In recent years I have been forced to think about death a lot. As a family we moved to Scotland from Lancashire 4 years ago and we have made lots of so many good friends but something that’s taking me a bit of getting used to is how much death there is here. We live rurally yet I have known at least 5 people personally die in that time and friends of friends dying from alcohol, drugs or suicide. The suddenness of these deaths is shocking and to see the aftermath has given me a whole new outlook on death. Like I said, I’m ok with death but that doesn’t mean you should just accept its inevitability. Celebrate life, do everything you can to make the most of it and cherish the people you care about. Who knows when it will end!
From Marian Krawczyk:
I think I’ve always been anxious about death, or at least that’s how it seems. A favourite story my mom tells is how, at the age of five, she found me hiding under the kitchen table clutching my chest. When she – quite reasonably – asked what I was doing, I apparently notified her that I was ‘waiting for my heart to attack me’. This belief came from hearing about our next door neighbour who had just had a heart attack (he survived and went on to live many more years). While my mother was able to coax me out with a promise of sweets, a vague feeling of impending doom never completely left me.
A full awareness of my mortality was still a few years off, when I was 11 years old and listening to the first radio episode of The Hitchhiker’s Guide to the Galaxy. The now-classic comedic story opens with the earth being blown up by aliens, mere moments after a woman ‘realised what it was that had been going wrong all this time and she finally knew how the world could be made a good and happy place. This time it was right, it would work…Sadly, however, before she could get to a phone to tell anyone, the Earth was unexpectedly demolished to make way for a new hyperspace bypass and so the idea was lost forever’.
I was lying on the living room couch, in the middle of a sunny Saturday afternoon when my imagination put me in the middle of that action. Time slowed down to almost a stop as I became completely aware that I too one day would die. Not only that – every single person I loved would die too! No matter how smart or good or powerful I became as an adult, the end would be the same.
It’s difficult to communicate how physically powerful this awareness was – it was sheer terror. Adrenaline surged through my body, and I began to hyperventilate. I could feel my heart race, and a metal taste filled my mouth. I became hyper conscious of the green colour and rough texture of the couch, the heaviness of my breathing, and realized I couldn’t move. It was exquisite horror of realizing what a fragile thing the human body is, and how vicarious its complex and mysterious functioning over which we have such little control. Adrenaline mixed with rage. What was the point of being alive if we know it has to end, yet we have to walk around the rest of our lives with this knowledge stuck in our heads? I didn’t sign up for that – who asked me if I wanted to be born if this was the cost? It was SO UNFAIR! It felt like a fundamental design flaw in the universe – surely this error had a solution I just wasn’t aware of yet, right?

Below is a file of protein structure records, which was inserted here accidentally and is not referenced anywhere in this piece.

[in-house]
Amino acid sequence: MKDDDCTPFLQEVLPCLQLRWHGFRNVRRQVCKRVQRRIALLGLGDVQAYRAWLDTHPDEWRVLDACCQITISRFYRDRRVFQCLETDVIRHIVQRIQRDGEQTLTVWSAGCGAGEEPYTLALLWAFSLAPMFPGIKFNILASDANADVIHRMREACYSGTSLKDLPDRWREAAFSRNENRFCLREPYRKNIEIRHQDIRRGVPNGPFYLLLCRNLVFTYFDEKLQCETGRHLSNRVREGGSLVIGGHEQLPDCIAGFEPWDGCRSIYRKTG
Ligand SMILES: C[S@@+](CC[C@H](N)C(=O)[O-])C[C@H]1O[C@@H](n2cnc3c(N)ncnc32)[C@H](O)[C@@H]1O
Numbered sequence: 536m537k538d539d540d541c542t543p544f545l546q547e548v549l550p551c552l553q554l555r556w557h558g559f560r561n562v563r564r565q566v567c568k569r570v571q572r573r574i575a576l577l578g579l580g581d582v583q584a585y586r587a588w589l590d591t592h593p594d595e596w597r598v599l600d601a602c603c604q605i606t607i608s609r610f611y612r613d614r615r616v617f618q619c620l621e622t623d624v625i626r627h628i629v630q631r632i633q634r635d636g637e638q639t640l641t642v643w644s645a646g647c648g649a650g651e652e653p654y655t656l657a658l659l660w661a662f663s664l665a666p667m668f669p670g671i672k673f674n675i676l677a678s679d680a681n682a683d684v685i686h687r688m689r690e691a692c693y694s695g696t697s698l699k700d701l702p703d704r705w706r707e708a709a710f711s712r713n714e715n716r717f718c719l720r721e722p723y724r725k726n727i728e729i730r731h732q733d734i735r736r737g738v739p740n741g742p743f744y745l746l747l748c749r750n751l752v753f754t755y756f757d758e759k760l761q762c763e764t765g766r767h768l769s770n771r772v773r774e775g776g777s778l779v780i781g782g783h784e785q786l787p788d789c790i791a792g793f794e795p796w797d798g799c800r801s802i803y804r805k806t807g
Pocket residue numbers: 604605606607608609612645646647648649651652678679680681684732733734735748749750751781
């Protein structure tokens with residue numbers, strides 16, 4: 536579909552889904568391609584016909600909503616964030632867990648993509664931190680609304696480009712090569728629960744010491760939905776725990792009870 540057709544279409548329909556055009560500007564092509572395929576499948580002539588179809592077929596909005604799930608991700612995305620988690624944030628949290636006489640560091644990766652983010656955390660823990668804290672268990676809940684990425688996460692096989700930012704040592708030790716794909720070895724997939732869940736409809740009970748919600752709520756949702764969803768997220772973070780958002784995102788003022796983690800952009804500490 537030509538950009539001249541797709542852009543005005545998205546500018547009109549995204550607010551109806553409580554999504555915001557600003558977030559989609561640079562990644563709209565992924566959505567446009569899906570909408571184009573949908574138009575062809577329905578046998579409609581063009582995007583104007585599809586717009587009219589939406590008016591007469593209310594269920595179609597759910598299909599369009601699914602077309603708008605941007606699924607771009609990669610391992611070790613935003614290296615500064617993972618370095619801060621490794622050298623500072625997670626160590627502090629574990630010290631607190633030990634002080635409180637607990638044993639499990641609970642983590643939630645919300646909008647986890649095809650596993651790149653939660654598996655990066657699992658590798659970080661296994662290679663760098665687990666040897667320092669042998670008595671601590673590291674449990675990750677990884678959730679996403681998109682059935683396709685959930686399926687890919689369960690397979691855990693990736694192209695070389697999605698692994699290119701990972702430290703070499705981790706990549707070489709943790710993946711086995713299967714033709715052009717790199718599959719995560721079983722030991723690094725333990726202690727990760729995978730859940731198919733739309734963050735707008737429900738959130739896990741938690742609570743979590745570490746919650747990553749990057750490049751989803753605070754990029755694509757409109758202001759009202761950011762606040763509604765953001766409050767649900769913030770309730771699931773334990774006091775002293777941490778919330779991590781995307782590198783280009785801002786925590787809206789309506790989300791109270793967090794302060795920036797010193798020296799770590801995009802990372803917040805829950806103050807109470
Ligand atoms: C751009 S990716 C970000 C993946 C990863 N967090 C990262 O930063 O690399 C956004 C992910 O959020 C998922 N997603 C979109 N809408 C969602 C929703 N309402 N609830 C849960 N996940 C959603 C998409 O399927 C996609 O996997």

Time passed, as it does; the adrenaline wore off, and my mind quieted, exhausted, only able to trace the edges of non-existence for so long. While I don’t remember much past the immediate aftermath of this epiphany, I have remained equally fascinated and repelled by death ever since. I subsequently learned in my adult years that my concerns are the basis of existential philosophy, and I was relieved to know that I wasn’t alone.
These moments have surely shaped my professional path as an end of life scholar (along with several life-changing deaths of loved ones). When I think back on these early life experiences, I tend of think of them as a mark of a sensitive and somewhat odd child, so I was unexpectedly nostalgic and comforted when Simon mentioned his own youthful experiences in becoming aware of death. While I don’t think that talking about death necessarily makes it any easier, once again it’s nice to know that I’m not alone.